Police investigating the disappearance of Madeleine McCann have gone to Bulgaria in search of the 'woman in purple' - a figure who is keeping the operation alive.
Waitress Luisa Todorov, 58, is believed to be the mystery woman seen by two witnesses standing outside apartment 5a of the Ocean Club from where Madeleine was taken 10 years ago.
One witness saw her standing by a lamp post just outside the apartment at 8pm on May 3, 2007 and another saw her about half an hour later nearby, according to the Daily Mail.
Mrs Todorov's husband Stefan, 50, was working at the tapas bar at the Ocean Club where the McCanns and their seven holiday friends were dining when Madeleine was abducted.
Mr Todorov had been in Portugal since November 2002 and also worked as a car painter.
The couple, who both worked at the restaurant 500 metres away from the apartment block, gave statements to police five days after Madeleine's disappearance.
They both denied having any knowledge of the case and have not been spoken to again for over a decade.
Heriberto Janosch González, who has been investigating the case for 10 years, is convinced Mrs Todorov is the mystery "woman in purple".
He said: "I have been combing through all the police files trying to identify who the woman in purple could be.
"It has been widely reported that Yard officers are in Bulgaria.
"Examining all the known statements it seems highly likely the police are seeking the Todorovs. They are the only known people with a clear link to Bulgaria."
According to their witness statements Mrs Todorov finished her shifts at 6pm while her husband started at 8pm until midnight having worked as a car painter during the day.
Jenny Murat, 79, whose son Robert was the first official suspect, but was formally cleared of suspicion in 2008, has told how she noticed a woman outside the apartment in Praia da Luz, which Maddie vanished from in 2007.
Talking of when she spotted the woman in purple, Mrs Murat said: "I saw the woman standing on the corner of the street.
"She caught my eye because she was dressed in purple-plum clothes. It struck me as strange.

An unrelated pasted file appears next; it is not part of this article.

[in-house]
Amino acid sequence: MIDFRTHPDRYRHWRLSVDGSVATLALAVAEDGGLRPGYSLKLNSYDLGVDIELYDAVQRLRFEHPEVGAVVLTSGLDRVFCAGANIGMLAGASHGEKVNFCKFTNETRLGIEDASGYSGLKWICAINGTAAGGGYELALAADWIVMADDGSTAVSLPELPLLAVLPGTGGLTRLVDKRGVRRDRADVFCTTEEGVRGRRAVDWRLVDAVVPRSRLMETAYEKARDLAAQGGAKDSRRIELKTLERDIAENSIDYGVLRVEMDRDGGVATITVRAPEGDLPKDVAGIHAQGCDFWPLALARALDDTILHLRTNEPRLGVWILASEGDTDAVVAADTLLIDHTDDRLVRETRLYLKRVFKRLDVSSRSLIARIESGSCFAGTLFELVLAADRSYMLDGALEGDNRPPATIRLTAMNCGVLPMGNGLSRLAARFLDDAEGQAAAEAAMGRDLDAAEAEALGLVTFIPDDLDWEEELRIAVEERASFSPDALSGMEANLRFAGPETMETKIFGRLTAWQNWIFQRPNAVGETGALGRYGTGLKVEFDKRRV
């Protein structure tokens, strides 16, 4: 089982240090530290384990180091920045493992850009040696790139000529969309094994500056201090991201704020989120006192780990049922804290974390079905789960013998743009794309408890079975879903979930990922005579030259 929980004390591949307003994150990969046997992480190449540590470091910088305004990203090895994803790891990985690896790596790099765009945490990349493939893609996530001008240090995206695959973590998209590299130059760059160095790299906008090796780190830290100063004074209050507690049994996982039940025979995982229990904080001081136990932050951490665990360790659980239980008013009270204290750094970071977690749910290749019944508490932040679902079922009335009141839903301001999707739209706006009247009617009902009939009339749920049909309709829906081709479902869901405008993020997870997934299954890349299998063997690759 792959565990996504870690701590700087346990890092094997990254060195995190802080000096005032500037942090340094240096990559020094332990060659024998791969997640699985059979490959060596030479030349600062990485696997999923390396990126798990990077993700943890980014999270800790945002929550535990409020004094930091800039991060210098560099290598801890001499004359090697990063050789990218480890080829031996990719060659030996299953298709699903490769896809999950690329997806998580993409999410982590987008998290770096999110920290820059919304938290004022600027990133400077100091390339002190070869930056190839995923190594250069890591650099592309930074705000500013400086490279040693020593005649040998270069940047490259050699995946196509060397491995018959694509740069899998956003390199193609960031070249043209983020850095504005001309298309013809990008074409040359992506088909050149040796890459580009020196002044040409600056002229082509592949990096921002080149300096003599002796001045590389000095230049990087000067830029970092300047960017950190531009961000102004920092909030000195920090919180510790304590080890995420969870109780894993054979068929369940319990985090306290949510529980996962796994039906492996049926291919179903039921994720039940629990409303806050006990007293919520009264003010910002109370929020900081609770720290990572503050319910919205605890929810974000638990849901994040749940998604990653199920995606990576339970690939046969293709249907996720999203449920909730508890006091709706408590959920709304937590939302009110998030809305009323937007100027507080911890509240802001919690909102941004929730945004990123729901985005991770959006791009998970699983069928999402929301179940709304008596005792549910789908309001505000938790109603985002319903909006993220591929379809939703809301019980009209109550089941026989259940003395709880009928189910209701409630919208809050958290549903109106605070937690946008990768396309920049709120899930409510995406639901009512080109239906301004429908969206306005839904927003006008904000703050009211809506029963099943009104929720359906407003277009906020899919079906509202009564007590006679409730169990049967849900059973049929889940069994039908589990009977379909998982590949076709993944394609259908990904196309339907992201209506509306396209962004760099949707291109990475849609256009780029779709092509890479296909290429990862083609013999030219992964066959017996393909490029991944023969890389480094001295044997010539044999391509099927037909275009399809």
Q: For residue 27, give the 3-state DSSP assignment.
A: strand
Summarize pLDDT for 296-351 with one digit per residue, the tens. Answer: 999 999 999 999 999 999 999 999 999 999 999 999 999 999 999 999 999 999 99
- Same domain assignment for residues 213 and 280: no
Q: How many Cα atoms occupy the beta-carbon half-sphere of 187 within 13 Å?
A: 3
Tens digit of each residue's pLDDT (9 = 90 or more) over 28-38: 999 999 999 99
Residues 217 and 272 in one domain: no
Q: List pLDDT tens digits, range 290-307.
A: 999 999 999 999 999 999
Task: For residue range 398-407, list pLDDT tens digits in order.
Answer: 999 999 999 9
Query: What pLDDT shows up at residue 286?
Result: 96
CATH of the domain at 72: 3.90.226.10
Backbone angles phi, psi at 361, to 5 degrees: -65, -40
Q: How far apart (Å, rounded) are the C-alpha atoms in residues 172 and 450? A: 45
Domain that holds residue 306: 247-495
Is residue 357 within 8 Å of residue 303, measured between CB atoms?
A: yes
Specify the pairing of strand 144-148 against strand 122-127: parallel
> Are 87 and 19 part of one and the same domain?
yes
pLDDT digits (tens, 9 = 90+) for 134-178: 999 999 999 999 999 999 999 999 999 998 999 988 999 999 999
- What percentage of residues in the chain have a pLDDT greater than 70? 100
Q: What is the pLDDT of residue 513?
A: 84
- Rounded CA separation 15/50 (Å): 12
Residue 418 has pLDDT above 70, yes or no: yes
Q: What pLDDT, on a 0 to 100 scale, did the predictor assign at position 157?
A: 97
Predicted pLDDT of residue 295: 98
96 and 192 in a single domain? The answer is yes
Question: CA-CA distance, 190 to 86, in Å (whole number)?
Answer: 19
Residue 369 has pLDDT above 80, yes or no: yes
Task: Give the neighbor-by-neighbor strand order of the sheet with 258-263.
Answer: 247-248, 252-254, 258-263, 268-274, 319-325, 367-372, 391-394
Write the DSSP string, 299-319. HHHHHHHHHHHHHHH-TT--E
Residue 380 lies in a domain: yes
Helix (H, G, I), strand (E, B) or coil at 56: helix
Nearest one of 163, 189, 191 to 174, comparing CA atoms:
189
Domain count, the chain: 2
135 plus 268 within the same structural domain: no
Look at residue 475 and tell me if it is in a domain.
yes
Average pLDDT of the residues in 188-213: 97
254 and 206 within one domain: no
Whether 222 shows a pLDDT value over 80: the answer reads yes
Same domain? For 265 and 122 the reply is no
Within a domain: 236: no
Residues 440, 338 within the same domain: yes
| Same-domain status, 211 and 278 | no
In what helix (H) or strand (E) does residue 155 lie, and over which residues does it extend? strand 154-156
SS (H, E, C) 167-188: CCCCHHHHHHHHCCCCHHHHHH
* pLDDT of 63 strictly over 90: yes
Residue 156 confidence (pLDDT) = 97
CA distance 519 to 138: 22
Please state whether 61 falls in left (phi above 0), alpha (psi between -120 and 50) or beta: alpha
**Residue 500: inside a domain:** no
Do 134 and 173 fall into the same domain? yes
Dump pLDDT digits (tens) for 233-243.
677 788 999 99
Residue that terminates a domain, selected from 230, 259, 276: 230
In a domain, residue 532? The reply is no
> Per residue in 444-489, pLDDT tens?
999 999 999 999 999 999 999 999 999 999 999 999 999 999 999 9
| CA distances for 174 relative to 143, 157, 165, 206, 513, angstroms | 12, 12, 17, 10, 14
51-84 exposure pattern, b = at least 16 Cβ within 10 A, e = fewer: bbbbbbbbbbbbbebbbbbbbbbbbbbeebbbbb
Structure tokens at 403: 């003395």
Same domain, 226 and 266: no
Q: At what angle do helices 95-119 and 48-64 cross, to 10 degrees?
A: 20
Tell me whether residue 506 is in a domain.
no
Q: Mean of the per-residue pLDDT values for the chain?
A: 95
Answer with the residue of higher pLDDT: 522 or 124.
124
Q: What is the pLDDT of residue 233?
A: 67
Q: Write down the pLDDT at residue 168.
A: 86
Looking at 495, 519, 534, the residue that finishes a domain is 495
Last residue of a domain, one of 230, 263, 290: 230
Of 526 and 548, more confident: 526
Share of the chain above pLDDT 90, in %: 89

"It's so usual for anyone, particularly a woman, to be standing alone on the street in our resort, just watching a building.
"The next morning, we heard that a little girl had gone missing, and I later told police about the woman I'd seen right outside. I didn't recognise her and don't have a clue who she is, but she seems a bit suspicious."
In the past few months, the Grange team - now down to four detectives from a peak of 31 - has been criss-crossing Europe trying to locate the woman.
Their budget had been due to run out in September, but officers are understood to have used the "woman in purple" line of investigation to persuade the Home Office - which is financing the inquiry from central government funds - to grant a six-month extension.
The £154,000 ($298,000) agreed will allow inquiries to continue until March, taking the total spent on Operation Grange near to £12 million ($23.2m).
During the past six years, a string of theories and suspects have come and gone.
Variously, the spotlight has fallen on a group of British contract cleaners working in the resort, a smelly, pot-bellied man, a burglary gang posing as charity collectors, child-traffickers and gypsies.
Operation Grange has been one of the longest, most high-profile and costly police investigations in history.
Launched in May 2011, officers have sifted (and translated) 40,000 documents produced by Portuguese police who conducted the initial investigation, and by the eight teams of private detectives who have worked on the case.
Some 600 "persons of interest" have been examined and "sightings" of Madeleine - in Brazil, India, Morocco and Paraguay, on a German plane and in a New Zealand supermarket - assessed.
The Portuguese investigation of Madeleine's disappearance was criticised by the British authorities as being not fit for purpose.
Scotland Yard began an investigative review into the disappearance in 2011, on the orders of then-Prime Minister David Cameron.
However it is understood Met detectives have been relying on Portuguese transcripts of key interviews with British witnesses, rather than conducting their own.
Operation Grange has conducted no formal witness interviews with Gerry or Kate McCann or the seven friends they dined with on the night Madeleine disappeared.